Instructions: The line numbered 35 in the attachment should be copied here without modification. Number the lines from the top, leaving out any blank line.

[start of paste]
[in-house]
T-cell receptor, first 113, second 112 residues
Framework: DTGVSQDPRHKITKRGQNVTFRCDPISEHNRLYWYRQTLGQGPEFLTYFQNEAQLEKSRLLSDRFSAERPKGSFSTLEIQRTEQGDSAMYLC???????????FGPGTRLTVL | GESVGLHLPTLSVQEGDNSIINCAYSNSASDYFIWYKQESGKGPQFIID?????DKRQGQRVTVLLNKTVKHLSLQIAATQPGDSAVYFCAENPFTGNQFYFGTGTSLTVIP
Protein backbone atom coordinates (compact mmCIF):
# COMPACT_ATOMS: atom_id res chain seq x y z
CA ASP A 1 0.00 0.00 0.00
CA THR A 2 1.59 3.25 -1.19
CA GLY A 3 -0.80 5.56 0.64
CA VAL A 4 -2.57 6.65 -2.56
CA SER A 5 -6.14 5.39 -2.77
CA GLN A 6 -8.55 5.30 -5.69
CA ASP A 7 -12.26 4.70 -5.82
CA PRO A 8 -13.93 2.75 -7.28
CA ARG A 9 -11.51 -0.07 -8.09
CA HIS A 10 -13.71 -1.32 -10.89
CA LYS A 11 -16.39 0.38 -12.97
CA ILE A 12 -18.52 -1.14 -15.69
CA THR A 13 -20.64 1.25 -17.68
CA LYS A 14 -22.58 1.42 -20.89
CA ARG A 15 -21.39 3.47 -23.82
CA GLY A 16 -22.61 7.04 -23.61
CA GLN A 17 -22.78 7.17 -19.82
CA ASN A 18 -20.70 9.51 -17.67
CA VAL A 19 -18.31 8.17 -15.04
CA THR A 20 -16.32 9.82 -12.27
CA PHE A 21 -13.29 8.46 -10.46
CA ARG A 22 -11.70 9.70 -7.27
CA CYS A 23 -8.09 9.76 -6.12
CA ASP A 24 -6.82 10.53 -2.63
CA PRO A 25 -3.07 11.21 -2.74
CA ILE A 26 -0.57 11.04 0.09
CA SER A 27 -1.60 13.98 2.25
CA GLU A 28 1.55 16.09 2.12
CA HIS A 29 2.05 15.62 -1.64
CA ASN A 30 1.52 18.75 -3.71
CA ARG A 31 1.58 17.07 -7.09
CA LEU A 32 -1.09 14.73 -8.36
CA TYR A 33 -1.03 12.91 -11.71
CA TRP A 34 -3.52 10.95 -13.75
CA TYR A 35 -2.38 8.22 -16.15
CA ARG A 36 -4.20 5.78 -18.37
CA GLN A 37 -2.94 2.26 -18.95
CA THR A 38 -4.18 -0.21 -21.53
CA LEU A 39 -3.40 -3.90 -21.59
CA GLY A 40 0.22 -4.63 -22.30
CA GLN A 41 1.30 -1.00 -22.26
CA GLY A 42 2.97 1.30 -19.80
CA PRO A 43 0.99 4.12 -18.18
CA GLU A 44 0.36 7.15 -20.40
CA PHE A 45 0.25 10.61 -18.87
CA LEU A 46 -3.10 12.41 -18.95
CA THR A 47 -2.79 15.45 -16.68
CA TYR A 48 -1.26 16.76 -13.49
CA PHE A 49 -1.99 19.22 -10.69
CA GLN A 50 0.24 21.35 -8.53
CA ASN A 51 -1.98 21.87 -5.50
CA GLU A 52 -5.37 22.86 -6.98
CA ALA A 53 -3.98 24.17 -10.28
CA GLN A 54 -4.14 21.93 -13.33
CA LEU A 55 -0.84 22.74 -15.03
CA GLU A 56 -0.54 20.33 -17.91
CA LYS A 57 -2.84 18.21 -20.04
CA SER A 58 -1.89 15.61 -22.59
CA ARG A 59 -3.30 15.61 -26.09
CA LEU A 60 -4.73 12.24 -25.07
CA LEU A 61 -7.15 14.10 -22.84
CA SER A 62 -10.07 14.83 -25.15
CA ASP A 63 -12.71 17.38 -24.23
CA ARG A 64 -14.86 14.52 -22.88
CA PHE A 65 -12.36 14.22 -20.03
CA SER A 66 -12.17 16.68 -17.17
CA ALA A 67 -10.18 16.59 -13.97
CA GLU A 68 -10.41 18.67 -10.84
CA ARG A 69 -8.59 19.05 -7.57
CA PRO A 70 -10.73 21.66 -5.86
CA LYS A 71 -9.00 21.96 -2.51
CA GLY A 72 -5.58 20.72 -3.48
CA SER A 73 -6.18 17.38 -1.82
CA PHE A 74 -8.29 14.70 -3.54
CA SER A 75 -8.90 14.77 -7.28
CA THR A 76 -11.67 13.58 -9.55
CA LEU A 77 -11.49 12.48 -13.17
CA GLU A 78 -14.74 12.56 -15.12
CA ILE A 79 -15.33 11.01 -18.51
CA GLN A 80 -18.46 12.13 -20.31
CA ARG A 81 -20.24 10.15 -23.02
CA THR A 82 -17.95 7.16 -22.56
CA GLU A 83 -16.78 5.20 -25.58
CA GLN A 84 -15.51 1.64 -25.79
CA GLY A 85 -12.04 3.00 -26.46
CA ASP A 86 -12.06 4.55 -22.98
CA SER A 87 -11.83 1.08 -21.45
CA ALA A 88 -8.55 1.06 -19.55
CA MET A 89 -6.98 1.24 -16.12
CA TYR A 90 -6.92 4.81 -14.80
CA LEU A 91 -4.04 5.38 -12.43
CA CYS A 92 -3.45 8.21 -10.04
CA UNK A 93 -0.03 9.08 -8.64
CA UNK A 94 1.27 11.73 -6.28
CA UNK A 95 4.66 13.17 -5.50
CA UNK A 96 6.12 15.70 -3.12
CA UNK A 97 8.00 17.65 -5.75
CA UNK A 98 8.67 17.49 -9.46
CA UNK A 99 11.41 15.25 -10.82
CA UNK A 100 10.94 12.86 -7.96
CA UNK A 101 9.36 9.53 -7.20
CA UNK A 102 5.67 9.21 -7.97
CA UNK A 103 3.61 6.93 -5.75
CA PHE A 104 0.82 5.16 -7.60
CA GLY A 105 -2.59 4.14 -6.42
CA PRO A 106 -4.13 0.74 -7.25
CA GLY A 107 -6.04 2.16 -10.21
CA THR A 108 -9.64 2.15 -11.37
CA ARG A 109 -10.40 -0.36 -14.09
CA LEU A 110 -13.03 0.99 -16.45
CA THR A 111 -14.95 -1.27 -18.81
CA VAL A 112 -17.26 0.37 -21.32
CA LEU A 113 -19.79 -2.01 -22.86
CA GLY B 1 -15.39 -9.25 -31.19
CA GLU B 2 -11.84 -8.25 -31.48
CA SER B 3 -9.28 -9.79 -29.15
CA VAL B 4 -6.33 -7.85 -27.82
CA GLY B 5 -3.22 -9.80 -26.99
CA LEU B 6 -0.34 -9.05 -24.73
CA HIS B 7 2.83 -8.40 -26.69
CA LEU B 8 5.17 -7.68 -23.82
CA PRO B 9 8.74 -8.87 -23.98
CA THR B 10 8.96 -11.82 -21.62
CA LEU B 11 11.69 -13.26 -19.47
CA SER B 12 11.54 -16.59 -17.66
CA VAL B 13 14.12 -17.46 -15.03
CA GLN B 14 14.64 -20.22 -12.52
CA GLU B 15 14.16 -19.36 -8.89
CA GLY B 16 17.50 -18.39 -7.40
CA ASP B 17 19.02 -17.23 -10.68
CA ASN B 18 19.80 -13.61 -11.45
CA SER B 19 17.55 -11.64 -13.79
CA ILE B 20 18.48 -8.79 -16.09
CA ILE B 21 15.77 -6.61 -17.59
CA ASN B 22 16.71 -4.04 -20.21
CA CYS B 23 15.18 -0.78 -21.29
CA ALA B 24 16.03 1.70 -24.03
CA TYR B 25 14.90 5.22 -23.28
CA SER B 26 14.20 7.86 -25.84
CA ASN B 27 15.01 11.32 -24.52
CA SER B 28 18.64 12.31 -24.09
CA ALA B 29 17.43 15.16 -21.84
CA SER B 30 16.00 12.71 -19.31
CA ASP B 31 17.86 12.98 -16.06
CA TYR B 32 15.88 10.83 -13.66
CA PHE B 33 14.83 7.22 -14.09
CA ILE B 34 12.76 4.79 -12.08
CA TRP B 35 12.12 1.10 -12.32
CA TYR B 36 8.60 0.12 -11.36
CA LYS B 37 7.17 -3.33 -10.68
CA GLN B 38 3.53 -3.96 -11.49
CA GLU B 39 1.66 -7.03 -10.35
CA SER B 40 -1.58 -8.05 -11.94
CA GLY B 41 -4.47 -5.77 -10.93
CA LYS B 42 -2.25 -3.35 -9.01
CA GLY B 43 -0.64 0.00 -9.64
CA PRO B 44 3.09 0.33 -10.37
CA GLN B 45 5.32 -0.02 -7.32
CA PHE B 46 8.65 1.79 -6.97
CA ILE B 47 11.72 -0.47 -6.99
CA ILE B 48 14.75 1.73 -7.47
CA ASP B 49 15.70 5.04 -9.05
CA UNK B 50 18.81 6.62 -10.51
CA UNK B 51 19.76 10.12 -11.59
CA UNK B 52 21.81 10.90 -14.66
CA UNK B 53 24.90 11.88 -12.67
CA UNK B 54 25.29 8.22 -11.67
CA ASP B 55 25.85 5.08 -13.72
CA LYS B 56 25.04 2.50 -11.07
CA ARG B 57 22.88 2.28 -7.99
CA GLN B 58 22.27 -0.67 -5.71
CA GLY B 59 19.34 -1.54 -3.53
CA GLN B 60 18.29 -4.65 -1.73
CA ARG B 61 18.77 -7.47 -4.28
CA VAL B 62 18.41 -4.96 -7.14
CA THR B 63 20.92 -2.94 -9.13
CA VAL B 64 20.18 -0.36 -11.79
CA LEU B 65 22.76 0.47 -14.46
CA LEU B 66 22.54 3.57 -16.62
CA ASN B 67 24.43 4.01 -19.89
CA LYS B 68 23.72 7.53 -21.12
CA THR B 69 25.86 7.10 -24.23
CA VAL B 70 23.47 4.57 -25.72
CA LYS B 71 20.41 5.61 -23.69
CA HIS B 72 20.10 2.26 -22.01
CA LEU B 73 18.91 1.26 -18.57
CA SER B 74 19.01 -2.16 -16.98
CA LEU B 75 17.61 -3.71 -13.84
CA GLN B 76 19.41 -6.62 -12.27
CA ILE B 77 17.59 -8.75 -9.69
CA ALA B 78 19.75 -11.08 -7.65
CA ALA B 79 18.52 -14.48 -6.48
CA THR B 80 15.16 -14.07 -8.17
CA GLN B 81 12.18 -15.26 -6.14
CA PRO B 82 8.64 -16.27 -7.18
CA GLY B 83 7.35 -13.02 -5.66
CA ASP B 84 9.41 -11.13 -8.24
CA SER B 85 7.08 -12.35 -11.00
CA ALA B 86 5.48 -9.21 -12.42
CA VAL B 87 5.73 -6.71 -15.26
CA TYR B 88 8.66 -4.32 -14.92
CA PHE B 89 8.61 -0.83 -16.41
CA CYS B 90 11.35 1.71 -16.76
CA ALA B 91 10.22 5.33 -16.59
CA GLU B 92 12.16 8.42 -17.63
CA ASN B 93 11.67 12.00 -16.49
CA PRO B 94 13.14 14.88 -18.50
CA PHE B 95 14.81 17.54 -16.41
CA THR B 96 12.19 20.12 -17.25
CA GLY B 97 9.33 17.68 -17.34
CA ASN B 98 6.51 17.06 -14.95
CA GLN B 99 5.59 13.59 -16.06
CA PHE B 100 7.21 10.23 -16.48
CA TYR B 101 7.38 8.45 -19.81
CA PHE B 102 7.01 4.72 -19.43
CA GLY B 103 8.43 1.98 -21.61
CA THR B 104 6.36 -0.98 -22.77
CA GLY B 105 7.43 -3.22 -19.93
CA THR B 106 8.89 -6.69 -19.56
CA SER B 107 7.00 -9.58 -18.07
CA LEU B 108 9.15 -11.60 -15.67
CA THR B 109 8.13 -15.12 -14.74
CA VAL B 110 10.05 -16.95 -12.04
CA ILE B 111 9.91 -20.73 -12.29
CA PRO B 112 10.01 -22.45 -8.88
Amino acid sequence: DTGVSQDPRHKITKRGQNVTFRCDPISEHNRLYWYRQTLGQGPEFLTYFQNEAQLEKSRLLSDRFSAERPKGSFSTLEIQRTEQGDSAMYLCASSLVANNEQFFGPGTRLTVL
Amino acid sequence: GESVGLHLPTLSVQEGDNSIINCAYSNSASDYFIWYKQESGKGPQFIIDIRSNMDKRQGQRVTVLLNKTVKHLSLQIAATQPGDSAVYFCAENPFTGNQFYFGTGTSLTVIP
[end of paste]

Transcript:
CA ASN A 30 1.52 18.75 -3.71